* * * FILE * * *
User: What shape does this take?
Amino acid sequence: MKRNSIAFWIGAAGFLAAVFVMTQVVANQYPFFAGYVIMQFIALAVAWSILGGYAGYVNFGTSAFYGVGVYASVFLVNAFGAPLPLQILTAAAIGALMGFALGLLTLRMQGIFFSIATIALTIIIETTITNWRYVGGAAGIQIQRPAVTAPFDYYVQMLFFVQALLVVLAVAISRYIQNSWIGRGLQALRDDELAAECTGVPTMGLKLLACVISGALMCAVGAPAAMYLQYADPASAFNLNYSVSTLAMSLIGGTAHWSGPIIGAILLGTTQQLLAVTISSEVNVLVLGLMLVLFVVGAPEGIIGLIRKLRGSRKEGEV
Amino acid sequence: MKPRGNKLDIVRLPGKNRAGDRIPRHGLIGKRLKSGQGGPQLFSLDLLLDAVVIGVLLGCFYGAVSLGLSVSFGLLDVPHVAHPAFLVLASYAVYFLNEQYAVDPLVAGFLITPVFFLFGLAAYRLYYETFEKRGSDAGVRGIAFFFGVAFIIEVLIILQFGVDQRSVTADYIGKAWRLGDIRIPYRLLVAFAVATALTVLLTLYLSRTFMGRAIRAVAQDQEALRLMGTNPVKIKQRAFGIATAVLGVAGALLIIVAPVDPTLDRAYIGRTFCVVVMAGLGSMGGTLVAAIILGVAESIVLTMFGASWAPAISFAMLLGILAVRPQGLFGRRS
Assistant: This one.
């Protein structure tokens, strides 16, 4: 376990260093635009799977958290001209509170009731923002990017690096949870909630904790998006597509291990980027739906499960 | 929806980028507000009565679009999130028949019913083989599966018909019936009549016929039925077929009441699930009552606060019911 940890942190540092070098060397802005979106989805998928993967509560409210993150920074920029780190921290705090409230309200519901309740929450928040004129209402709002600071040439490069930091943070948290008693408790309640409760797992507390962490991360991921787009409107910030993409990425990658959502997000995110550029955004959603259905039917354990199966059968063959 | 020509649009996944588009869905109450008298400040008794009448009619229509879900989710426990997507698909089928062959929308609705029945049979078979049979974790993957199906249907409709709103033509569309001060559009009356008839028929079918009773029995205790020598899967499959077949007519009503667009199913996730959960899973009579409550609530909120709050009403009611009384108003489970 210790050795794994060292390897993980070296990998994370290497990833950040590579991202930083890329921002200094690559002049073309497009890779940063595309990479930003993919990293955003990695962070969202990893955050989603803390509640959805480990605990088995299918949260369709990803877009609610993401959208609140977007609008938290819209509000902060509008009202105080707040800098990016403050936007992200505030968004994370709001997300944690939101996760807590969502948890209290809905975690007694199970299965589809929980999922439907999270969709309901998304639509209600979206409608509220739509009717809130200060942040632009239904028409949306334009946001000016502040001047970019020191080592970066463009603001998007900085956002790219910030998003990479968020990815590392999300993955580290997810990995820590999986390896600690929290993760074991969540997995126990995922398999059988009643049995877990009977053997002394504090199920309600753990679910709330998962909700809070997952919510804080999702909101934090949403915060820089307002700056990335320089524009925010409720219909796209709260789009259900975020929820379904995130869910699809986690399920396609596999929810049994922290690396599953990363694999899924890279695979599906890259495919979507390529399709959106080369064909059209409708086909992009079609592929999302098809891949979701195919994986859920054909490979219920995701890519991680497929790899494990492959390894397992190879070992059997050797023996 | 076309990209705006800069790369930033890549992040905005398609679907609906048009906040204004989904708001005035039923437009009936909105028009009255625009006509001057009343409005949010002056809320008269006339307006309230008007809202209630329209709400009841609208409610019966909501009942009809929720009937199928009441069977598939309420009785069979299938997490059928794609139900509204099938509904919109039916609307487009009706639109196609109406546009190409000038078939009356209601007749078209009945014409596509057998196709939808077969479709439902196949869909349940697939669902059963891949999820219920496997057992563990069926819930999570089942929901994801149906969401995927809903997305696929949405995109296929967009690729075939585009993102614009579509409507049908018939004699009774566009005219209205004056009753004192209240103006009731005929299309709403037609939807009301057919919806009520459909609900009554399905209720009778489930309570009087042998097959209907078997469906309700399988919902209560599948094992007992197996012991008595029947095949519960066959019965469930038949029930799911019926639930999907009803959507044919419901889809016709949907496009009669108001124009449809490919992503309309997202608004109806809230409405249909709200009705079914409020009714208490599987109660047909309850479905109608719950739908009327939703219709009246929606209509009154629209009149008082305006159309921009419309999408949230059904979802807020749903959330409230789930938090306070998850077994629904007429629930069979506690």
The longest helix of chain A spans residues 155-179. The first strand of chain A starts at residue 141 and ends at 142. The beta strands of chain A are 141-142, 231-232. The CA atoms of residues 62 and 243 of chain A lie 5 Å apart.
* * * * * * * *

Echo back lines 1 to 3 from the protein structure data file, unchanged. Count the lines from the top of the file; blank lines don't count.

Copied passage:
User: What shape does this take?
Amino acid sequence: MKRNSIAFWIGAAGFLAAVFVMTQVVANQYPFFAGYVIMQFIALAVAWSILGGYAGYVNFGTSAFYGVGVYASVFLVNAFGAPLPLQILTAAAIGALMGFALGLLTLRMQGIFFSIATIALTIIIETTITNWRYVGGAAGIQIQRPAVTAPFDYYVQMLFFVQALLVVLAVAISRYIQNSWIGRGLQALRDDELAAECTGVPTMGLKLLACVISGALMCAVGAPAAMYLQYADPASAFNLNYSVSTLAMSLIGGTAHWSGPIIGAILLGTTQQLLAVTISSEVNVLVLGLMLVLFVVGAPEGIIGLIRKLRGSRKEGEV
Amino acid sequence: MKPRGNKLDIVRLPGKNRAGDRIPRHGLIGKRLKSGQGGPQLFSLDLLLDAVVIGVLLGCFYGAVSLGLSVSFGLLDVPHVAHPAFLVLASYAVYFLNEQYAVDPLVAGFLITPVFFLFGLAAYRLYYETFEKRGSDAGVRGIAFFFGVAFIIEVLIILQFGVDQRSVTADYIGKAWRLGDIRIPYRLLVAFAVATALTVLLTLYLSRTFMGRAIRAVAQDQEALRLMGTNPVKIKQRAFGIATAVLGVAGALLIIVAPVDPTLDRAYIGRTFCVVVMAGLGSMGGTLVAAIILGVAESIVLTMFGASWAPAISFAMLLGILAVRPQGLFGRRS